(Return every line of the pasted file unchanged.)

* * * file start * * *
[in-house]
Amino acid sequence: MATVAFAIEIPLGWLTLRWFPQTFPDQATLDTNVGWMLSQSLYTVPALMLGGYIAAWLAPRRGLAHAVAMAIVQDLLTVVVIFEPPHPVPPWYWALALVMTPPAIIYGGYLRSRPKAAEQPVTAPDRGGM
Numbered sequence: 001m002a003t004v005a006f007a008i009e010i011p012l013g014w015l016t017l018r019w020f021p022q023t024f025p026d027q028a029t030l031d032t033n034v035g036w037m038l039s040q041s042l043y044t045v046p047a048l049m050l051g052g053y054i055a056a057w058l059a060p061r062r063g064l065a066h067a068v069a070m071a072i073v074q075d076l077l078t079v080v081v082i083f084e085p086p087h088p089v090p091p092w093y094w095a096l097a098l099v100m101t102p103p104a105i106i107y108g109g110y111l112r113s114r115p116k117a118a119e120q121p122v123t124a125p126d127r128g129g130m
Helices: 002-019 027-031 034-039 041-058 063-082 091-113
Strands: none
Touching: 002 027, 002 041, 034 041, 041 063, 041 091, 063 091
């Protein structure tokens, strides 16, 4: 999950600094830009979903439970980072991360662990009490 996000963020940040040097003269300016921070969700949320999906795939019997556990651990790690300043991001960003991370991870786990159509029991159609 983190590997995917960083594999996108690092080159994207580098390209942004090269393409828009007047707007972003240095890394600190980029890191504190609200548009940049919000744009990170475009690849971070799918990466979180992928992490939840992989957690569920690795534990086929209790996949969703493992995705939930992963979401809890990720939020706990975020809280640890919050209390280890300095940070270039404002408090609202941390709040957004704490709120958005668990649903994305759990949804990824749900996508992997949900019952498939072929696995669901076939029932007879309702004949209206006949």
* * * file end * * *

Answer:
[in-house]
Amino acid sequence: MATVAFAIEIPLGWLTLRWFPQTFPDQATLDTNVGWMLSQSLYTVPALMLGGYIAAWLAPRRGLAHAVAMAIVQDLLTVVVIFEPPHPVPPWYWALALVMTPPAIIYGGYLRSRPKAAEQPVTAPDRGGM
Numbered sequence: 001m002a003t004v005a006f007a008i009e010i011p012l013g014w015l016t017l018r019w020f021p022q023t024f025p026d027q028a029t030l031d032t033n034v035g036w037m038l039s040q041s042l043y044t045v046p047a048l049m050l051g052g053y054i055a056a057w058l059a060p061r062r063g064l065a066h067a068v069a070m071a072i073v074q075d076l077l078t079v080v081v082i083f084e085p086p087h088p089v090p091p092w093y094w095a096l097a098l099v100m101t102p103p104a105i106i107y108g109g110y111l112r113s114r115p116k117a118a119e120q121p122v123t124a125p126d127r128g129g130m
Helices: 002-019 027-031 034-039 041-058 063-082 091-113
Strands: none
Touching: 002 027, 002 041, 034 041, 041 063, 041 091, 063 091
């Protein structure tokens, strides 16, 4: 999950600094830009979903439970980072991360662990009490 996000963020940040040097003269300016921070969700949320999906795939019997556990651990790690300043991001960003991370991870786990159509029991159609 983190590997995917960083594999996108690092080159994207580098390209942004090269393409828009007047707007972003240095890394600190980029890191504190609200548009940049919000744009990170475009690849971070799918990466979180992928992490939840992989957690569920690795534990086929209790996949969703493992995705939930992963979401809890990720939020706990975020809280640890919050209390280890300095940070270039404002408090609202941390709040957004704490709120958005668990649903994305759990949804990824749900996508992997949900019952498939072929696995669901076939029932007879309702004949209206006949």